Ingesting human medicines or being in prolonged contact with them can be particularly dangerous for pets, even being fatal in some cases. The AniCura Vetsia Veterinary Hospital warns of the possible consequences.
Image provided by AniCura Vetsia Veterinary Hospital
The medicines for human usesuch as tablets, syrups, hormonal sprays, cortisol-based ointments or pain relievers, they may have important repercussions in pet health.
Many people self-medicate their pets out of ignorance or to save time and money, which may be particularly harmful.
“It is important to remind citizens of the influence they have on the health of pets. Treating your pet well also means being aware of the effects that the products (especially medicines) you use for yourself can have on your health,” he explains. José Gómez, Medical Manager of AniCura Iberia.
What are the risks of human drug ingestion?
From AniCura Vetsia Veterinary Hospital they explain that they attend to more than one case per month related to intoxication by accidental or intentional administration of drugs for human use in dogs or cats.
Thus, they indicate that the metabolism of pets is different from ours and that the tolerance or elimination times of the drugs are therefore different.
And “self-medication” is a risk of potentially lethal consequences.
“The patient may suffer side effects, poisoning or different adverse reactions because the active principle is not adequate or because the dose is not adequate,” he clarifies. María Rodríguez, Practice Manager of AniCura Vetsia.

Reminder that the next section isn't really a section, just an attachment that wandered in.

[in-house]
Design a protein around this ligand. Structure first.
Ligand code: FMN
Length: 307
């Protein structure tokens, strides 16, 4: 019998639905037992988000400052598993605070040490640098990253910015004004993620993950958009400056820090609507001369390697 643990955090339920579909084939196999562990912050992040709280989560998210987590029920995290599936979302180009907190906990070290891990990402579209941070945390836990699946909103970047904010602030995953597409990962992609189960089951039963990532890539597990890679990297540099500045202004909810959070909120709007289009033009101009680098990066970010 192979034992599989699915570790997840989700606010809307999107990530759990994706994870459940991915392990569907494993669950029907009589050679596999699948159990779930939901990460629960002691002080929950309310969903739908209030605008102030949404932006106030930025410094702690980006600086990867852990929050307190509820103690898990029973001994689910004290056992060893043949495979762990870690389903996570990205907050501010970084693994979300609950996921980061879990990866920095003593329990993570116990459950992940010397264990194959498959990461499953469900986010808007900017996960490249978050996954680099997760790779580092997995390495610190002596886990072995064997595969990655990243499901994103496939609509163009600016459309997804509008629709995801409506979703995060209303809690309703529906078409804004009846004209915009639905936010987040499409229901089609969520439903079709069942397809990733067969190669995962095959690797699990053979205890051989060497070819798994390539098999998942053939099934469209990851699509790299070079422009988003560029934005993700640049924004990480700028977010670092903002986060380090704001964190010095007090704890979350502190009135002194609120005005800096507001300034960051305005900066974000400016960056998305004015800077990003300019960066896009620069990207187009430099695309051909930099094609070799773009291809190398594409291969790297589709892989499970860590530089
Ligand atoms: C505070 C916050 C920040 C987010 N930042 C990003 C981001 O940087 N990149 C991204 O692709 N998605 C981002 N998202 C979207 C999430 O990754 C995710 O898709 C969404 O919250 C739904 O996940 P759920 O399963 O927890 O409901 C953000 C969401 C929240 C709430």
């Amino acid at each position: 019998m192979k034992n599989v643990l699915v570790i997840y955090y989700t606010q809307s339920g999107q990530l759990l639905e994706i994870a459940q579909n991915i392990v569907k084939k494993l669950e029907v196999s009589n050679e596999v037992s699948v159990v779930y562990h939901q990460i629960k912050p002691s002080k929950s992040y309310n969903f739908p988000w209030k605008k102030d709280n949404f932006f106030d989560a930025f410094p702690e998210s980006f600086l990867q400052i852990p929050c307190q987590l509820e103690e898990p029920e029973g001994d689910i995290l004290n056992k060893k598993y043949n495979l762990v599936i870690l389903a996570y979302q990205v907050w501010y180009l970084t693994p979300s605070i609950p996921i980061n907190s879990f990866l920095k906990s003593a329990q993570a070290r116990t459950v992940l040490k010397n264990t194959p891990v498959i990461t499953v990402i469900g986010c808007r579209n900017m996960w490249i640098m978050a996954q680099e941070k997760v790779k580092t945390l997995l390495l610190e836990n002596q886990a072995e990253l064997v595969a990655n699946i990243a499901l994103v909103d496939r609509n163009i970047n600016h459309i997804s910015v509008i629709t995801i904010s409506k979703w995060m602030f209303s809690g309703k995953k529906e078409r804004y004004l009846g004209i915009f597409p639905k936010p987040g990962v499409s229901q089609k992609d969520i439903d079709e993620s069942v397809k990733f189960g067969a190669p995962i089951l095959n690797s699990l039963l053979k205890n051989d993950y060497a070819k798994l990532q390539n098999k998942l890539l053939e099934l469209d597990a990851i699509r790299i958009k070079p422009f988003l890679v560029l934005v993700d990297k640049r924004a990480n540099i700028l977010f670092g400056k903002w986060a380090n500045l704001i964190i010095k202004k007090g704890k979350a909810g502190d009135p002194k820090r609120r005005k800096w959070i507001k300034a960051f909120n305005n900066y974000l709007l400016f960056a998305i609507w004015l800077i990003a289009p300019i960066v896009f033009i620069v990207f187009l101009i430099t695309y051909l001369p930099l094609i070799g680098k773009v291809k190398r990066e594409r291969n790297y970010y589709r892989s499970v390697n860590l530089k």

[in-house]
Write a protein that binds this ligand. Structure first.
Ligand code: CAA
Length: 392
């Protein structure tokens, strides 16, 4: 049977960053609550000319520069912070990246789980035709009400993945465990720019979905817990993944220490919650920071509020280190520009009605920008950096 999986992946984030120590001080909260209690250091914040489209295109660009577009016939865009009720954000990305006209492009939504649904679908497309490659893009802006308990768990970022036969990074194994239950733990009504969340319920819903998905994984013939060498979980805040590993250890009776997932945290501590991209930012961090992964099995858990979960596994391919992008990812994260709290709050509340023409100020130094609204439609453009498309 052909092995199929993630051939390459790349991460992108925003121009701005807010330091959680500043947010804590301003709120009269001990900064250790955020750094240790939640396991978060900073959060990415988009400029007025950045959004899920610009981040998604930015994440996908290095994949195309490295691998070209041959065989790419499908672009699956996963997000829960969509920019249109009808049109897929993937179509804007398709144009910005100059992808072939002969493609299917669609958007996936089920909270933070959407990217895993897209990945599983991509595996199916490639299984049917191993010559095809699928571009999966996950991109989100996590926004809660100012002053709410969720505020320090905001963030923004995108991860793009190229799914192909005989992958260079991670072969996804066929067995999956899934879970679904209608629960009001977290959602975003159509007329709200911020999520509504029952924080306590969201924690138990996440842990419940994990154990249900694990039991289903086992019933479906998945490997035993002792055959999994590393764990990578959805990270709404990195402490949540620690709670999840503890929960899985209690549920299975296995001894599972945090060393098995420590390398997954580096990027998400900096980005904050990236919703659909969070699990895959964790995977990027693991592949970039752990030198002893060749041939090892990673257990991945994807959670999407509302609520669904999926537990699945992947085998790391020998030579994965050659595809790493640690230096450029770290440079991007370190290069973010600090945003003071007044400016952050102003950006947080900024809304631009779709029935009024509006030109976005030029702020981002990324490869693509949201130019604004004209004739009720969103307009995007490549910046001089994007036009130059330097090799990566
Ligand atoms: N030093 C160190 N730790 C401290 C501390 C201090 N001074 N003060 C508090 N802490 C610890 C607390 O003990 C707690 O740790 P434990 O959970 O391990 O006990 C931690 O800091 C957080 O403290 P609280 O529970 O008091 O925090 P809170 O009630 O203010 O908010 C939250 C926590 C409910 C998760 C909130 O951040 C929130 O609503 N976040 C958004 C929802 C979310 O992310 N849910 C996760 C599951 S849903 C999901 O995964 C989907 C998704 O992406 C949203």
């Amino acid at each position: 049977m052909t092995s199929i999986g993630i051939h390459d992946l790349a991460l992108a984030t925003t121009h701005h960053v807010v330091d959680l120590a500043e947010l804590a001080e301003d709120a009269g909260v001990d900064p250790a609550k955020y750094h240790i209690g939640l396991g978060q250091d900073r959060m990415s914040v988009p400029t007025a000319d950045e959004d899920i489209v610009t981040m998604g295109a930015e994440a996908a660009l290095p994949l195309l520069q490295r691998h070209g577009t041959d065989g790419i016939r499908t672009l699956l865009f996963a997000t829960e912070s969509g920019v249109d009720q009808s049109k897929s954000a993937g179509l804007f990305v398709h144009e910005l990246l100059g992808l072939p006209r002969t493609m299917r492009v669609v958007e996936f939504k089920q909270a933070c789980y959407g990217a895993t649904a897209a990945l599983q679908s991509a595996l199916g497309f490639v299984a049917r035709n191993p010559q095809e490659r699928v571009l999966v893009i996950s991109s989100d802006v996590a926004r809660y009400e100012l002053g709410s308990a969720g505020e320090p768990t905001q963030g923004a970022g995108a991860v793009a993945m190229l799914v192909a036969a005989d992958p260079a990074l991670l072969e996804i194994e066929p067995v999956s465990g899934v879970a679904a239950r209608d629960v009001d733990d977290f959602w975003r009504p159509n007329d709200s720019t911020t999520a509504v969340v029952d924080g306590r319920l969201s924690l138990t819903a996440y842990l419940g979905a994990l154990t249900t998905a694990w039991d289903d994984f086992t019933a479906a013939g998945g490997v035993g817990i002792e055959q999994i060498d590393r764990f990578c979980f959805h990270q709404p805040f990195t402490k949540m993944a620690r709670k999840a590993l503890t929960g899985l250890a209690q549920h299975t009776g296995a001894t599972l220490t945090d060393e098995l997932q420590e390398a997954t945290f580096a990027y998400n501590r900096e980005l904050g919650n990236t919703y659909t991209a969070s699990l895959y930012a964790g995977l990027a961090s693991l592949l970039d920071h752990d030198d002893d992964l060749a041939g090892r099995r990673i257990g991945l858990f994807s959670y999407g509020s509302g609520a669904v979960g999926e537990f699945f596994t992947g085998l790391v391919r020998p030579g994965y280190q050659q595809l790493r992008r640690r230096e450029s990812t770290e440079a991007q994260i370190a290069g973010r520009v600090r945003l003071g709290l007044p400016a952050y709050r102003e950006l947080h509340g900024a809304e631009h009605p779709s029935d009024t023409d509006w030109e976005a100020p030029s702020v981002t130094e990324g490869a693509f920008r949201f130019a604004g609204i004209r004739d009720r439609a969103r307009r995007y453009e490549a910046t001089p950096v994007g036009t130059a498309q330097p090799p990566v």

According to Rodriguez, the consequences they can be multipledepending on the active principle and the dose.
From, and among others:
- Liver poisoning for paracetamol
- Gastric ulcers by ingestion of ibuprofen.
- Neurological changes for consumption of narcotics.
He consumed 21 ibuprofen tablets
This is one of the cases AniCura vets have recently treated.
A two-year-old spayed female ingested 21 100 mg pediatric ibuprofen tablets.
And although he had no clinical signs and the physical examination was unremarkable, he was induced to vomit with apmorphine and was admitted for a day.
What about prolonged contact with human medicines?
The Veterinary Hospital also warns that the prolonged contact with certain medications can lead to health problems for our pets.
For example, they note that a cortisol-based ointment has been identified as a cause of Cushing’s syndrome in a dog, causing symptoms such as thirst, alopecia, need to urinate, hunger and swollen abdomen.
Another case of pet toxicity is estrogen sprays, a drug commonly used to treat menopausal symptoms.
Prolonged contact with this substance can produce hyperestrogenismwhich can lead to anemia in some pets and their subsequent death.
According to Rodríguez, “everything depends on the active principle and which part is exposed: eyes, skin, mucous membranes. It may be that nothing happens, such as an antifungal cream on the skin, until it causes a corneal ulcer, such as povidone-iodine gel in contact with the eyes.
What can we do if our pet ingests any medication without realizing it?
The expert points out that it is necessary go to the emergency vet i do not make them vomit at home, as aspiration pneumonia can occur.
Along these same lines, he recommends keeping all medicines, regardless of their form of presentation (pills, syrups, ointments, etc…) in places where pets cannot access.
In addition, he emphasizes that they should never be administered by their own decision and without the supervision of a veterinarian, since, on most occasions, a veterinary medicine will be able to be administered.